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The Science Panel for the Amazon met in Bogotá!


From April 15 to 17, 2024, the Science Panel for the Amazon (SPA) met at the Universidad de los Andes, in the city of Bogotá, Colombia, gathering more than 40 members, including from the Science Steering Committee, SPA authors and the Secretariat. The central purpose of this meeting was to set the Panel’s strategic priorities for 2024 – 2025 including for  the COP16 on Biodiversity in Cali, Colombia (2024) and the COP30 on Climate Change in Belém, Brazil (2025). A key milestone will be the development of a new Amazon Assessment Report to be launched at COP30 in 2025, which will address crucial issues for the conservation and sustainable development of the region from the perspective of connectivity.

During the first day, the SPA members reflected on the progress and achievements of the Panel since the last meeting in March 2023, held in Brazil. Together, they used the “Living Amazon Vision” as a conceptual starting point for strategic planning, and analyzed the political context and opportunities in the region that the Panel should engage in on the road to COP30. Through participatory dialogues, the impacts of the SPA were reviewed and lessons were drawn to inform upcoming plans. During this fruitful day of work, participants also prioritized topics and outlined a preliminary structure for the next Assessment Report.


On the second day, SPA stakeholder engagement strategies were delved into, to discuss how the Panel will advance work in collaboration with Indigenous Peoples and Local Communities (IPLCs), youth, and the financial sector. In addition, collaborative work continued around the structure and priority themes of the Amazon Assessment Report 2025.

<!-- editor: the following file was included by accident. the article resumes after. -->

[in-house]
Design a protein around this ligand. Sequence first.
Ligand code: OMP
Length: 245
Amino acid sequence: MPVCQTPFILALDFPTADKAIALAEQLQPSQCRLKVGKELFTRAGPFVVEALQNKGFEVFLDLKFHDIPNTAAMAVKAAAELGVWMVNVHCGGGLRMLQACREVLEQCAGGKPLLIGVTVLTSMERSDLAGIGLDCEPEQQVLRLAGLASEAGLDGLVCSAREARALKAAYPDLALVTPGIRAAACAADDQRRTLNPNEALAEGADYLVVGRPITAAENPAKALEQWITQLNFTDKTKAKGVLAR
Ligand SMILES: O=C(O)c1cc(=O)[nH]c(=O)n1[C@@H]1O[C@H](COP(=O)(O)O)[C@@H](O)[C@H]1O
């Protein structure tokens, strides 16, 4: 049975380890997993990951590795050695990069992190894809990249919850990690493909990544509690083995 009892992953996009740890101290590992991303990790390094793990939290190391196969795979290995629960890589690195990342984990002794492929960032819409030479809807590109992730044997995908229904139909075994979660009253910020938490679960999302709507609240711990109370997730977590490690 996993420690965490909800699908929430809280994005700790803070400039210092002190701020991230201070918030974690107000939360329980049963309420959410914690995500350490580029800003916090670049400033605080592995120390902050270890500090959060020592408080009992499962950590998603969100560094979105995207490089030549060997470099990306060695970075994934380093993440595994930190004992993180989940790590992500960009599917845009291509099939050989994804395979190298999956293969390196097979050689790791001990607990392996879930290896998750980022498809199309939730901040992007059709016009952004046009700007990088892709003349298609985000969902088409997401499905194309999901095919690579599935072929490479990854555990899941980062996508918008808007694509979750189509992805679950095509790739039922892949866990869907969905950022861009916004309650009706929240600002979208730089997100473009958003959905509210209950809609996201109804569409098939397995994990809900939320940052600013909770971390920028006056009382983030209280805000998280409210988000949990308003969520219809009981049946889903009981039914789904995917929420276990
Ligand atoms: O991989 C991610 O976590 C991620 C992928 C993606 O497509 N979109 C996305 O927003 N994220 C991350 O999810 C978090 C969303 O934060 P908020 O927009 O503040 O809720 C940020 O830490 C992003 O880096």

April 17 began with a high-level event open to the public called “A Dialogue on the Amazon We Want”, bringing together leading scientists and researchers, government representatives, and Indigenous leaders to discuss zero deforestation and the development of a socio-bioeconomy to advance the transformation towards sustainable development in the Amazon. This event included the participation of the Minister of Environment and Sustainable Development of Colombia, Susana Muhamad, who highlighted the importance of dialogues of science and Indigenous knowledge to inform public policies. She called for the development of bioeconomic alternatives based on the ecological and cultural cycles of the Amazon. She also advocated for effective regional articulation to address the challenges of the biome, recognizing the need for strong, science-based international cooperation.


Minister Muhamad proposed an agenda that links biodiversity and climate change: addressing biodiversity conservation and restoration as key in climate action, with emphasis on the participation of local and Indigenous communities. She stressed the importance of placing human rights at the center of conservation efforts, positioning “Peace with nature” as the main message of the Colombia Presidency of COP16.